Some veterans feel ignored by the government.
Commuters at Wimbledon Station got a surprise yesterday when greeted by the sound of bagpipes as the country began gearing up for Remembrance Day.
Thousands will wear poppies on coats, bags and alternative headgear on Sunday, but an ex-serviceman says the government does not help veterans enough.
Billy White, Ex-Royal Marine Division Commander, and Secretary of the Wimbledon branch of the Royal British Legion, criticised the government’s attitude.
Mr White, who was selling poppies outside the station, said: “The government doesn’t care about veterans. We need the Poppy Appeal because somebody’s got to look after them.”
He raised £5000 single-handedly in just one day last year and will be Standard Bearer at Wimbledon’s Remembrance Day service on Sunday.
He said: “We aim to raise one million pounds in one day. If we did it for three days we could raise three million.”
Things are different in America where veterans are better looked after, he added.
Phil Riding, 22, was also selling poppies outside Wimbledon Station.
Mr Riding has served in a number of locations including Cancún and Afghanistan.
He said: “The Poppy Appeal is really important, but it’s been a bit lastminute.com.
“It shouldn’t just be one day, it should be all year round.”
Mr White added he has permanent poppy boxes in pubs so people can donate at any time.
Earlier this year Prime Minister David Cameron announced £3.8million funding for mental health charities for troops, families and veterans.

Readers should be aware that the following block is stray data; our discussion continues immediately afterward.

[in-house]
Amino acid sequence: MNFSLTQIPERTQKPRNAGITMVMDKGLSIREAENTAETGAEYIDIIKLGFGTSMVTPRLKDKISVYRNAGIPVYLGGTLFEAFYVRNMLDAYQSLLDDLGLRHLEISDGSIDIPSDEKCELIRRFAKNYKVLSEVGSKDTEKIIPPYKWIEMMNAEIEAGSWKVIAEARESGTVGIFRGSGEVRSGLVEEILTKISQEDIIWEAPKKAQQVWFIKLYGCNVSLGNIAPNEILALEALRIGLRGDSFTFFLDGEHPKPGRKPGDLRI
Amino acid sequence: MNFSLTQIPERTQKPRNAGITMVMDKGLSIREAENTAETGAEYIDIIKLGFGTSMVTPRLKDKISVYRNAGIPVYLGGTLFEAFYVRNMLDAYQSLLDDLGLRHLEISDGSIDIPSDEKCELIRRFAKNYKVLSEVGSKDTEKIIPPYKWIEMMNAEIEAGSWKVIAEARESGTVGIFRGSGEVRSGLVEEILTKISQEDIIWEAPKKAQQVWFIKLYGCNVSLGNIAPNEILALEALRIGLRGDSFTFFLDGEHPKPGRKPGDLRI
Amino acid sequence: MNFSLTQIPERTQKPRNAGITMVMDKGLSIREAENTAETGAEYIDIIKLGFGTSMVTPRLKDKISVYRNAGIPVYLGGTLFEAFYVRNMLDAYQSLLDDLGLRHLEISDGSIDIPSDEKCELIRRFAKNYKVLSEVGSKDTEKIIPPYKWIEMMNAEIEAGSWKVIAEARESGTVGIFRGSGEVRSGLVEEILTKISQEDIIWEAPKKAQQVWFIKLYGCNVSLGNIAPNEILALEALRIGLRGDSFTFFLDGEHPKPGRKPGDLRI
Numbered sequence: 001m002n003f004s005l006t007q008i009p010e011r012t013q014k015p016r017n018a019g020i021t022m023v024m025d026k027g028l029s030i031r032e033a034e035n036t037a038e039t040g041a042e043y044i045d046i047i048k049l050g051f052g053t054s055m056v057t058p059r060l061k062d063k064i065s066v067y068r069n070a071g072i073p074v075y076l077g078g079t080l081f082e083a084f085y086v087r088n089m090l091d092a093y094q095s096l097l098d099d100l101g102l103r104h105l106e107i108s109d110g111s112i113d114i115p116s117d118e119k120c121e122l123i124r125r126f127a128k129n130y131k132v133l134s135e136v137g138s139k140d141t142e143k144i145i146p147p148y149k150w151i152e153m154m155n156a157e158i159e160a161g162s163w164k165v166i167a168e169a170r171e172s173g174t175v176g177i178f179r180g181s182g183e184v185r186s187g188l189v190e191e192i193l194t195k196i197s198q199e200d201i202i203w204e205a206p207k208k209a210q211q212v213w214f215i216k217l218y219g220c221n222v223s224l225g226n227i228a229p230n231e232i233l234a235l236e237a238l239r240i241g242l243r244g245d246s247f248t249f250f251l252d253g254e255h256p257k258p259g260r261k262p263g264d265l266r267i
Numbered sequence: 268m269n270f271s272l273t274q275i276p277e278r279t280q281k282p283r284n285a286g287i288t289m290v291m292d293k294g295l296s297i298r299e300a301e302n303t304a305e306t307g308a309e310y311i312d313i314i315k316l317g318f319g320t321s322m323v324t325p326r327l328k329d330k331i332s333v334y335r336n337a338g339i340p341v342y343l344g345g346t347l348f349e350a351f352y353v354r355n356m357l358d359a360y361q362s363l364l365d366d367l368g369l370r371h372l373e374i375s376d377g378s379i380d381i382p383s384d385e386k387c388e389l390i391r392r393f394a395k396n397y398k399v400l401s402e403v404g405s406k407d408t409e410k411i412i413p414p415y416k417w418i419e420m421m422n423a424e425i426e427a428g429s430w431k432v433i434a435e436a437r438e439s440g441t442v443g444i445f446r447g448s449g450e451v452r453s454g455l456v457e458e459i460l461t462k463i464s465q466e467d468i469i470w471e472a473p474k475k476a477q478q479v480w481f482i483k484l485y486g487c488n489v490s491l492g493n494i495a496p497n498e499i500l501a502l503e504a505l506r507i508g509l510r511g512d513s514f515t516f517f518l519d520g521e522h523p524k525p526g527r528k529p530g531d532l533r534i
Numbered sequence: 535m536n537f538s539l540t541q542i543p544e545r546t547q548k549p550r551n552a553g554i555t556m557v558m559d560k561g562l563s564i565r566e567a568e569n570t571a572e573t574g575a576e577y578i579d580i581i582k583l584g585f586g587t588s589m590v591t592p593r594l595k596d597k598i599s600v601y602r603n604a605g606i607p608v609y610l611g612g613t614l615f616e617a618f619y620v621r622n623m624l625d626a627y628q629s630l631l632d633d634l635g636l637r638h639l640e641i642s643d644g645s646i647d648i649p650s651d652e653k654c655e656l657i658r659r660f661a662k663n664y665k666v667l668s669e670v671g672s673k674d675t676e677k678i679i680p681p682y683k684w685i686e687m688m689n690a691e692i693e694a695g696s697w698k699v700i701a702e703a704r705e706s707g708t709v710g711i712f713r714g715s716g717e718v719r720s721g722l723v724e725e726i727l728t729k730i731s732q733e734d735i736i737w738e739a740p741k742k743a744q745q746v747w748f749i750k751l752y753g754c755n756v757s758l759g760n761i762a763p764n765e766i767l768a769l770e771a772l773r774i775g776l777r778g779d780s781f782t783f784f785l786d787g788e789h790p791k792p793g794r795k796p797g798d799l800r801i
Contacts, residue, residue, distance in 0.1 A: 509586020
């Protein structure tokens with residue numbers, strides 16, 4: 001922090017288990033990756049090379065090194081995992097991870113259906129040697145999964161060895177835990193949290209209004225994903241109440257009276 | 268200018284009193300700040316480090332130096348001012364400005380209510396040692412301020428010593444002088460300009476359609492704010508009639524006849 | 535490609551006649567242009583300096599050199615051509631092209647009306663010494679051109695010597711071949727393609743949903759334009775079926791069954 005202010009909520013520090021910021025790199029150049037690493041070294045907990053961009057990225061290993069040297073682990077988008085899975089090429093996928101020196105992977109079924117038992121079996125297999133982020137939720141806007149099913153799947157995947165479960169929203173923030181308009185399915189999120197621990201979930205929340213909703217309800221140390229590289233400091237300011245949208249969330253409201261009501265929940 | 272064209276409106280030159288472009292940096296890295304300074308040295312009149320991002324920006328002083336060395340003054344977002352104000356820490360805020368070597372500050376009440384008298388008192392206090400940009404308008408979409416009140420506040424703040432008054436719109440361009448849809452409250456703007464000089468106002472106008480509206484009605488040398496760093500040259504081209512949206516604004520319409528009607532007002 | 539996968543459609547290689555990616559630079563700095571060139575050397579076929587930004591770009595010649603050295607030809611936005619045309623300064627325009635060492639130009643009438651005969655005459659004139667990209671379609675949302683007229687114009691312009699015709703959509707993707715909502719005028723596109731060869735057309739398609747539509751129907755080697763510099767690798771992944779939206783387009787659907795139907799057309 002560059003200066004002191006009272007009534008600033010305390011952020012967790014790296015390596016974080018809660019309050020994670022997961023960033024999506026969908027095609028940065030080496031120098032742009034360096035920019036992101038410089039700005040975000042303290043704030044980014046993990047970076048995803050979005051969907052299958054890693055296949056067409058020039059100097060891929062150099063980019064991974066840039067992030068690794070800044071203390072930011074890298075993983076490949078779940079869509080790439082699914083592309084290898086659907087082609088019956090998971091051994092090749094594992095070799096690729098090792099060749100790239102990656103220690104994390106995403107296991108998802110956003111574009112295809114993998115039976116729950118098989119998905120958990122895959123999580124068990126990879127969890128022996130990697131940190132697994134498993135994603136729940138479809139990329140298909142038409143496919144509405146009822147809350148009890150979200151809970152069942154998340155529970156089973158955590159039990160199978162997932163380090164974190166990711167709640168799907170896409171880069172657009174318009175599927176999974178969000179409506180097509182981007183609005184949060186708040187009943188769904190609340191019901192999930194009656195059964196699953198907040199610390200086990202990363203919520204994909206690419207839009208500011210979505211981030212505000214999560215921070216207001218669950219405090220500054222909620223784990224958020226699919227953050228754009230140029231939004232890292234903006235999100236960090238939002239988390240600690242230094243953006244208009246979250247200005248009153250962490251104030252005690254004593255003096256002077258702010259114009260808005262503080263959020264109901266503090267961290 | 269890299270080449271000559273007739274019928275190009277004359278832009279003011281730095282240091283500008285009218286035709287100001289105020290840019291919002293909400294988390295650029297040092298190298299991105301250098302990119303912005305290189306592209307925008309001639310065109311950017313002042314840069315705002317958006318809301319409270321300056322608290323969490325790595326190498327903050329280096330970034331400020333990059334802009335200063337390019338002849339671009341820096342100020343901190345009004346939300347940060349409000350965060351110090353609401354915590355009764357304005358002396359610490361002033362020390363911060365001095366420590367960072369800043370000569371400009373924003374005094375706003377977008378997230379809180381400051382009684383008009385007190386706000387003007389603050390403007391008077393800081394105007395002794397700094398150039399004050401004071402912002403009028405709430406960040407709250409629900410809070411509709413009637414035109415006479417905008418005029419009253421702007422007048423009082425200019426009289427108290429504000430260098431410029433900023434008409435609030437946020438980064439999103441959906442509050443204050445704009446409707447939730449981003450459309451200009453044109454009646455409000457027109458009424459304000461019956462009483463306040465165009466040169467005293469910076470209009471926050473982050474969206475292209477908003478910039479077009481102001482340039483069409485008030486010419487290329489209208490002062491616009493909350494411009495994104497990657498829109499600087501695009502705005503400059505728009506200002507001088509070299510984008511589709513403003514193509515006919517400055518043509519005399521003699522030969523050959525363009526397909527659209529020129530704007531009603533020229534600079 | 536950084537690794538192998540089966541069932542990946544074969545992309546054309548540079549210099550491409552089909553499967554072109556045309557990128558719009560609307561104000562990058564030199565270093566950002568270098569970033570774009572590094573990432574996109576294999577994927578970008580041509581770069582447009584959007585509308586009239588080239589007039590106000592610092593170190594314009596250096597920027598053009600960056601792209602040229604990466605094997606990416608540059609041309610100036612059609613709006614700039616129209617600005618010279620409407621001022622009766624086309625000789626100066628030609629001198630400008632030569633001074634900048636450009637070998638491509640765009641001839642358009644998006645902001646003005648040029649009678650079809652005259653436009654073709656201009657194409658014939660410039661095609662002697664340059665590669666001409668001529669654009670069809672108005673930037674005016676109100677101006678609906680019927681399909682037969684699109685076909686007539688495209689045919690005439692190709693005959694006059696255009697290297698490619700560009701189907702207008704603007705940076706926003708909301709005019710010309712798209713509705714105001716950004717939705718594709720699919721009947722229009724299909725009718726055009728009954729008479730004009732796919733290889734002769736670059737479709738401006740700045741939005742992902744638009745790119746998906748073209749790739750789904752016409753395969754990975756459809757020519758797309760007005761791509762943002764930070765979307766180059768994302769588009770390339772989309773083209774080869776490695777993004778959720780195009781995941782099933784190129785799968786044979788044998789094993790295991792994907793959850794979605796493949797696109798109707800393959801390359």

Dr Hugh Milroy, CEO of Veteran’s Aid, one of the charities to benefit from the scheme, said: “I’m very grateful for the funding and I wasn’t expecting it.”
Dr Milroy said there are a lot of urban myths about veterans, and post-traumatic stress is quite a rare occurrence.
Veteran’s Aid deal with mental health problems, substance abuse, homelessness, eviction and debt.
It also helps Commonwealth soldiers having problems with leave to stay in the country.
“The government does a lot, there is the armed forces covenant, and there is more than enough provision. You’re lucky if you’re a veteran because there is so much help.
“I’m happy the government is paying attention,” he added.
But he said he was wary of too much government interference.
“My worry is that it could end up being about politics when it should be about need not politics,” he explained.
He said some people will always fall through, but that’s the same with anything else in society.
If there were more veterans’ events throughout the year he would probably not attend, he added.
“Veterans are just the same as anyone else, they are part of society. People shouldn’t be defined by what they do. Would you define yourself by where you went to Primary School? That would be ludicrous, but it’s the same thing,” Dr Milroy said.
The Poppy Appeal is the Royal British Legion’s biggest fundraising campaign, which is focusing on the families of the armed forces this year.
Wimbledon’s Remembrance Day Service starts at Wimbledon War Memorial 10.40am on Sunday November 10.
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